It was good to watch the partridge family


Now that all the festive frivolities are out of the way, we can settle back down into something of a routine once more.

Winter has yet to arrive with still no sign of any snow or severe frosts.

Daytime temperatures have been regularly in double figures, which seems to be confusing the wildlife.

On Sunday I had a walk up the riverside and heard coal tits, a mistle thrush, robin and dipper all in full song. Mind you, the latter has been singing since early December and the robin sings all winter, but the first two are the first tentative harbingers of spring I have heard so far.

On New Year’s Day I had a walk in the Yarrow Valley to get my new bird list off to a good start, but the wild glen I chose only yielded three species, two of which I usually get in the garden, so it was a bit of a waste of time from a birding point of view. Nonetheless, it was a lovely walk.

On the way home, however, I elected to take the scenic route over the Swire road to Ettrick and had just crossed the bridge at Yarrow Kirk when I clocked a species I hadn’t seen for a few years in my locality.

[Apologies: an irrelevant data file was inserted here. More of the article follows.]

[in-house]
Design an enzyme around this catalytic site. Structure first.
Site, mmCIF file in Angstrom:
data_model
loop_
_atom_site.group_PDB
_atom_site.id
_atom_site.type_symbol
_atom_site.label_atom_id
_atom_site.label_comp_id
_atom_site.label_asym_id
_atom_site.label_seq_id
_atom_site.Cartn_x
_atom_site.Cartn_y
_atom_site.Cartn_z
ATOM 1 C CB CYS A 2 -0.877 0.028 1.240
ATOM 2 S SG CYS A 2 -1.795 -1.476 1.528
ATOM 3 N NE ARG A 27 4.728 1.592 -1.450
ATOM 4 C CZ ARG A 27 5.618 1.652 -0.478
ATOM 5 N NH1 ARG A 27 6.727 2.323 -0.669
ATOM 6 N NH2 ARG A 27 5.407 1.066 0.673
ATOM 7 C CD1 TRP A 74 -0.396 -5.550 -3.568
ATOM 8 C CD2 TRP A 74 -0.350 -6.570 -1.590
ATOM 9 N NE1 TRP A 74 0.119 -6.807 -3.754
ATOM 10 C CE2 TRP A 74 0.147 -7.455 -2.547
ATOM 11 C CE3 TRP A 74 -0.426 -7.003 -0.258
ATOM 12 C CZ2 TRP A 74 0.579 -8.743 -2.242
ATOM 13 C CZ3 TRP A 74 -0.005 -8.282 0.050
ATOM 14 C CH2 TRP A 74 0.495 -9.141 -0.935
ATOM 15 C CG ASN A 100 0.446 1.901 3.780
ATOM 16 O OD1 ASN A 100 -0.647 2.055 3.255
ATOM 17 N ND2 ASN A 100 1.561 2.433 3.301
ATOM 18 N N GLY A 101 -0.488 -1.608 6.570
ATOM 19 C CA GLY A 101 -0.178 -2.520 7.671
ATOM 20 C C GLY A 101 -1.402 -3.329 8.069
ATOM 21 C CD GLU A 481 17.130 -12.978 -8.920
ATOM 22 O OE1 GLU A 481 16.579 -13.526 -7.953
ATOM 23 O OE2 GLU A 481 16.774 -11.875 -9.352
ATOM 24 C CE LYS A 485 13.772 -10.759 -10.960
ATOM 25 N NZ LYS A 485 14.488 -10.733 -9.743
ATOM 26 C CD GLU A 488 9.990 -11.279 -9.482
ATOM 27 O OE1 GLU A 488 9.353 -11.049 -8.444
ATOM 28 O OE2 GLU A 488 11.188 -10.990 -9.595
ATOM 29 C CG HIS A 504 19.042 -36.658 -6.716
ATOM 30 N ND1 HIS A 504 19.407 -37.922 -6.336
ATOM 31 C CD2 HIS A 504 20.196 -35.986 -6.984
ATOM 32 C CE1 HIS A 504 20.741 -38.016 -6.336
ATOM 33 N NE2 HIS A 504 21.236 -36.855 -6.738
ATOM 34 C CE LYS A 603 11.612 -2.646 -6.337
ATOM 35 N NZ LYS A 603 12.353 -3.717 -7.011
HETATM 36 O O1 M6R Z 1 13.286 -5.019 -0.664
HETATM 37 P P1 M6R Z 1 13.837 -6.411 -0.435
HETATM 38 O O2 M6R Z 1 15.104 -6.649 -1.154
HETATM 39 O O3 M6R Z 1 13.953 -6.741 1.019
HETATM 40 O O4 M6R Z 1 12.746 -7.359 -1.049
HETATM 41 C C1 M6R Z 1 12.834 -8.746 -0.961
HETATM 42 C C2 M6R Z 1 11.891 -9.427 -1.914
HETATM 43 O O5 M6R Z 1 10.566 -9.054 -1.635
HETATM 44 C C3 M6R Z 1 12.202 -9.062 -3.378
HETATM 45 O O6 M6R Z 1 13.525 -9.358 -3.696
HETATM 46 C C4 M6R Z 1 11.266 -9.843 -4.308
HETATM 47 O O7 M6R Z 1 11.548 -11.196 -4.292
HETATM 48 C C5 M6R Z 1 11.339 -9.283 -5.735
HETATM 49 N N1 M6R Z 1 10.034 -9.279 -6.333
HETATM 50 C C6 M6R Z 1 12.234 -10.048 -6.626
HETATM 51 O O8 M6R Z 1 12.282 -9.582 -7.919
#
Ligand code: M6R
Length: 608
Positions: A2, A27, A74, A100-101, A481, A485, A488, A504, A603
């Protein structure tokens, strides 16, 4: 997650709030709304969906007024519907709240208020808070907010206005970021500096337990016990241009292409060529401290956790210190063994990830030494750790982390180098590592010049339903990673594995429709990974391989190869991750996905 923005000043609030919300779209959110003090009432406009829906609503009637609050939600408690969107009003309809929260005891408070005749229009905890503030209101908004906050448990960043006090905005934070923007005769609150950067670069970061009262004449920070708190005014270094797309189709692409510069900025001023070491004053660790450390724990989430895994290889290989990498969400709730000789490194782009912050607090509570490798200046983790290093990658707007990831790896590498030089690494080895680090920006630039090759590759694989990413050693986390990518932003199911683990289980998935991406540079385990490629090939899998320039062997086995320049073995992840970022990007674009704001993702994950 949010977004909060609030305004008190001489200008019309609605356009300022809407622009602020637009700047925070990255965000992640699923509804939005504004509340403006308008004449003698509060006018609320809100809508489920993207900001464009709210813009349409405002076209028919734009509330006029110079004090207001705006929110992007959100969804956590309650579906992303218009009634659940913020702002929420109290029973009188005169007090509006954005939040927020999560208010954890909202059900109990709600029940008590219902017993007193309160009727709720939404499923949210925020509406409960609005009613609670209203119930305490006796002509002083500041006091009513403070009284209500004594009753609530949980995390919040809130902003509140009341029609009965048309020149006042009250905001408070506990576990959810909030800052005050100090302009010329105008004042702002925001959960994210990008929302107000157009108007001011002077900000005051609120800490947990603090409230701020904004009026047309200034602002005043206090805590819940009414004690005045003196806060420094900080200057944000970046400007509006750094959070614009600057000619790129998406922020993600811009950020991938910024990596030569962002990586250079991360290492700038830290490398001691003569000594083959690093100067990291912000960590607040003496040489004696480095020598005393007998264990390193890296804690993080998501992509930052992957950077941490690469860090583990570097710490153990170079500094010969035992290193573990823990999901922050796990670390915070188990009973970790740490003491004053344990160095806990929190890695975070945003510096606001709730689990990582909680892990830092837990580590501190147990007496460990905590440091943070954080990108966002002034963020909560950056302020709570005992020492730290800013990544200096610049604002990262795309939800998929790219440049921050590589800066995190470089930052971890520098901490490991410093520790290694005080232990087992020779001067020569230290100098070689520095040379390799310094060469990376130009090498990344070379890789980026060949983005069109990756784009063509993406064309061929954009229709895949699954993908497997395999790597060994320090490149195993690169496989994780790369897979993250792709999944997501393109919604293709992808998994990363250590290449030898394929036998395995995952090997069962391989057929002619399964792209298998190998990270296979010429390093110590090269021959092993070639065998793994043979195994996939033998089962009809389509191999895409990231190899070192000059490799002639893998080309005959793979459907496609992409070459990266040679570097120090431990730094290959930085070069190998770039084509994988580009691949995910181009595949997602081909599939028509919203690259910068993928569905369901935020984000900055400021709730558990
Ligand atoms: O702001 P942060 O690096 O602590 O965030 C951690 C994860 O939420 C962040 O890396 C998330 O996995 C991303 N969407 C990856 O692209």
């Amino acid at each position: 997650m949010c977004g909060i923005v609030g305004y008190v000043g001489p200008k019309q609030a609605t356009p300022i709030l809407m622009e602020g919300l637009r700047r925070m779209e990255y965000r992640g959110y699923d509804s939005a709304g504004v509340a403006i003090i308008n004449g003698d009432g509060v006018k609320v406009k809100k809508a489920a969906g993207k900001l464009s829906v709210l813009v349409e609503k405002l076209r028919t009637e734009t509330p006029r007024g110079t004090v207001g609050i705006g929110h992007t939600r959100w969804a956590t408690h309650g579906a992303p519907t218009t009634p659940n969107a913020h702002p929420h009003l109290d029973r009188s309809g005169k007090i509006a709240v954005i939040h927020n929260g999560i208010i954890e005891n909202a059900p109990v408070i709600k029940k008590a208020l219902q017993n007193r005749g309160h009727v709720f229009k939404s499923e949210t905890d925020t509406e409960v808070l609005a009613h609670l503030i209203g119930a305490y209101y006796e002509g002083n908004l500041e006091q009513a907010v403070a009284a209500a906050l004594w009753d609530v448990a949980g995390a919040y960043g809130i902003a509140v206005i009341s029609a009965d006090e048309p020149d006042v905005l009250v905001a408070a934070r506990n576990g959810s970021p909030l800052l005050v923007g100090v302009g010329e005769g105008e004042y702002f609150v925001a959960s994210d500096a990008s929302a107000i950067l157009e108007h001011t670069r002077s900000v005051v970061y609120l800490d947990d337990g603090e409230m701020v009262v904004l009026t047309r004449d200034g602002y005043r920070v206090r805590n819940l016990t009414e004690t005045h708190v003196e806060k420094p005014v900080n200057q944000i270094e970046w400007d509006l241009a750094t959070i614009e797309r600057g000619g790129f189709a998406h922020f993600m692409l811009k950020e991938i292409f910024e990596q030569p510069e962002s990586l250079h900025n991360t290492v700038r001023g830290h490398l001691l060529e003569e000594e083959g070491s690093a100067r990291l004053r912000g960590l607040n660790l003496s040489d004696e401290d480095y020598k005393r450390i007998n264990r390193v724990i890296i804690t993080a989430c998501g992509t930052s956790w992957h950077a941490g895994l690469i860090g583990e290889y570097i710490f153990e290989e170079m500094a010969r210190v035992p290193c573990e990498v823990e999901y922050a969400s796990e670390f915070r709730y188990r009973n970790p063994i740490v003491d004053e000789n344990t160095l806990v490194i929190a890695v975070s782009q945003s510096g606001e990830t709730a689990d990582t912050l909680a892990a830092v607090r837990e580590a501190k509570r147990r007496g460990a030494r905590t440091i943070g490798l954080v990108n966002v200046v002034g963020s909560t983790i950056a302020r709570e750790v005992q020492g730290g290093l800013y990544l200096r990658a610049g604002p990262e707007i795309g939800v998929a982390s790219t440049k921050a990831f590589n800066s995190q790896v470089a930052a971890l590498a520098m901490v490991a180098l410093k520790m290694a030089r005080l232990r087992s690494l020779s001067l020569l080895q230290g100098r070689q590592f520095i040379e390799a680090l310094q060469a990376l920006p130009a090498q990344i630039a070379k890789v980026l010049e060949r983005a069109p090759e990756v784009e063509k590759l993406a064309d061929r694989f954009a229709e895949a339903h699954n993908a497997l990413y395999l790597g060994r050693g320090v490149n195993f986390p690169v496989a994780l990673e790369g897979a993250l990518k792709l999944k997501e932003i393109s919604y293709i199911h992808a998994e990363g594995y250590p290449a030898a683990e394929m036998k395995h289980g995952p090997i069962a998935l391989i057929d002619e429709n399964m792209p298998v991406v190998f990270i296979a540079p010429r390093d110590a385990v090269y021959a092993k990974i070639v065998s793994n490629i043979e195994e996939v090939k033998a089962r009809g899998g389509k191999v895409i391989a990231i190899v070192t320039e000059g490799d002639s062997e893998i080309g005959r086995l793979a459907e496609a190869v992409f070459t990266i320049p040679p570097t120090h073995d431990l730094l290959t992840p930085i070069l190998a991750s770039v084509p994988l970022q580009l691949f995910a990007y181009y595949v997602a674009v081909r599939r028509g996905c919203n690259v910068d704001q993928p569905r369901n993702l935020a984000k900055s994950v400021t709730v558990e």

A covey of three grey partridges scuttled across the road and as they scaled the roadside bank I had a good look at them. Much more common nowadays are the red-legged partridges which have been introduced for shooting and first appeared in this country 200 years ago. These “French partridges” are much more brightly coloured than the native greys and a bit bigger with characteristic red beak and legs.

The grey partridge is in serious decline due to a number of factors such as changes in agricultural practices, the use of pesticides and the loss of hedgerows, so it is a mystery to me why other species of partridge like the chukar have been introduced in large numbers while the native species is under such severe pressure.

Meanwhile, back in the garden, the coal tit plague seems to be over and it is now the blue tits which are dominant in number. Talk about swings and roundabouts!